Two Narratives for Two Peoples
ATFP World Press Roundup Article from The Jewish Daily Forward
by Hussein Ibish - (Opinion) May 19, 2011 - 12:00am

Many Jewish Israelis and their supporters have reacted with outrage to a New York Times Op-Ed on May 17 by Palestinian President Mahmoud Abbas, particularly its invocation of the Palestinian historical narrative. Most troubling to them was Abbas’s description of how his family was “forced” to flee their home in what became Israel in 1948 — a word choice they feel implies that Abbas and his family were evicted by Jewish troops.

Editorial: Fine words again
ATFP World Press Roundup Article from Arab News
(Editorial) May 20, 2011 - 12:00am

Two years ago, President Barack Obama reached out to the Muslim world in Cairo, promising a new beginning to America’s relationship with it. The Muslim world responded enthusiastically. It reached back in hope having heard him say that it was his duty to fight negative stereotypes of Islam and declare solemnly that the Israeli settlements had to stop and that the US would not turn its back on legitimate Palestinian aspirations for a state of their own.

Even allies say Netanyahu must put 1967 borders on negotiating table
ATFP World Press Roundup Article from The National
by Hugh Naylor - May 20, 2011 - 12:00am

Benjamin Netanyahu, the Israeli prime minister, is coming under pressure to agree to the 1967 borders as the basis for negotiating a Palestinian state ahead of his address to the US Congress next week. Critics and even some allies in Mr Netanyahu's right-wing government have strongly suggested he offer the compromise in the hope of reviving Middle East peace talks. That pressure received a significant boost by the US president, Barack Obama, who endorsed yesterday the idea of brokering a two-state solution with the 1967 lines as the starting point.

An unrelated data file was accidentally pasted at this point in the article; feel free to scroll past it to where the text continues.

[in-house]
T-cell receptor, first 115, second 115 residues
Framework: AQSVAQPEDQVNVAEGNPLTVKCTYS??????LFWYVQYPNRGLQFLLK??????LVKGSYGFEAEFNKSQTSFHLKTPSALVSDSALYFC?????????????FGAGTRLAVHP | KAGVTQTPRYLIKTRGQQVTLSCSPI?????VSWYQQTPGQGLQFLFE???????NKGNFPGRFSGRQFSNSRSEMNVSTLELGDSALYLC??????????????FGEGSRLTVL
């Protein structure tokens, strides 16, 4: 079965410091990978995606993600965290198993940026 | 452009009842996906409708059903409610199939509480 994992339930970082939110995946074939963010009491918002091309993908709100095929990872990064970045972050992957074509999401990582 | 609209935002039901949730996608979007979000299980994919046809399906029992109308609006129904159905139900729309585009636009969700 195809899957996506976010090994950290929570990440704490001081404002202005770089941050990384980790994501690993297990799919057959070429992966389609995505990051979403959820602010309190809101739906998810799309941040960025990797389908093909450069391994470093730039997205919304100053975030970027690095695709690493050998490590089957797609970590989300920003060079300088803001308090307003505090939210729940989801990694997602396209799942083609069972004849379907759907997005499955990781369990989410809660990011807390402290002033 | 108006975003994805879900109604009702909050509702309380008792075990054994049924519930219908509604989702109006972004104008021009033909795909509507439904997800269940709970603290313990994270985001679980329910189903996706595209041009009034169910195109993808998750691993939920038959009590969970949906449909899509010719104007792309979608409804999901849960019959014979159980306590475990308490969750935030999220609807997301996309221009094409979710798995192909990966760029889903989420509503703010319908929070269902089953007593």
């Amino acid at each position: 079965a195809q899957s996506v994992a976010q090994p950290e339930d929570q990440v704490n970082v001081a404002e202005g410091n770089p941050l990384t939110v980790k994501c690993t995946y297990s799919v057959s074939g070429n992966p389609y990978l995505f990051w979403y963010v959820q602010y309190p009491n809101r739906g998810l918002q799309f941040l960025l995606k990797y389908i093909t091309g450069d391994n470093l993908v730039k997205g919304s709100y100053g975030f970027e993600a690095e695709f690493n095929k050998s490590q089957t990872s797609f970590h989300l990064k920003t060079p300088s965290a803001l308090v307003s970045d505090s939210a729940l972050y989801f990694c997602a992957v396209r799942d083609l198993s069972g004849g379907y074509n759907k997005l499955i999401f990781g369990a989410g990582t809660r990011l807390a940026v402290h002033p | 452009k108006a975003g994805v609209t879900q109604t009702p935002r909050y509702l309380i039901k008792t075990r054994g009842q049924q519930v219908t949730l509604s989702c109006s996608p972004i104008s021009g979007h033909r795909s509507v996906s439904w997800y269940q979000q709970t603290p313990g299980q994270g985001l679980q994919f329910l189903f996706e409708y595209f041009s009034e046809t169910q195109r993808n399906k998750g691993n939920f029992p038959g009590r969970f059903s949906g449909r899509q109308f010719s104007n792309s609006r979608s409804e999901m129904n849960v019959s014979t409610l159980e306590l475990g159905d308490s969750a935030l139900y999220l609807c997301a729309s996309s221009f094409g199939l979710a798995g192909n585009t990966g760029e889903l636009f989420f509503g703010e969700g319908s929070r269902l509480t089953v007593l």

Obama misses another chance to lead for peace
ATFP World Press Roundup Article from The National
(Editorial) May 20, 2011 - 12:00am

At times, it seemed that Barack Obama thought that the Middle East did not include Israel or the Occupied Territories. "The United States opposes the use of violence and repression against the people of the region," the US president said last night. But there was not a word about 17 Palestinians killed earlier this week by Israeli security forces. "We support a set of universal rights," Mr Obama said." Whether you live in Baghdad or Damascus; Sanaa or Tehran." If Gaza or Ramallah had been mentioned, more explanation would have been needed.

ZOA to AIPAC: Withdraw Obama invite
ATFP World Press Roundup Article from Jewish Telegraphic Agency (JTA)
May 19, 2011 - 12:00am

The Zionist Organization of America urged AIPAC to rescind its invitation to President Obama after he called for Israeli-Palestinian negotiations on the basis of 1967 lines, saying Obama is the most hostile U.S. president ever to Israel. "We urge AIPAC to rescind the invitation for President Obama to speak and we urge friends of Israel and enemies of Islamist terrorism to contact your Members of Congress to fight against Obama’s anti-Israel policy," said the ZOA's statement Thursday. ZOA President Morton Klein added, "President Obama is the most hostile president to Israel ever.”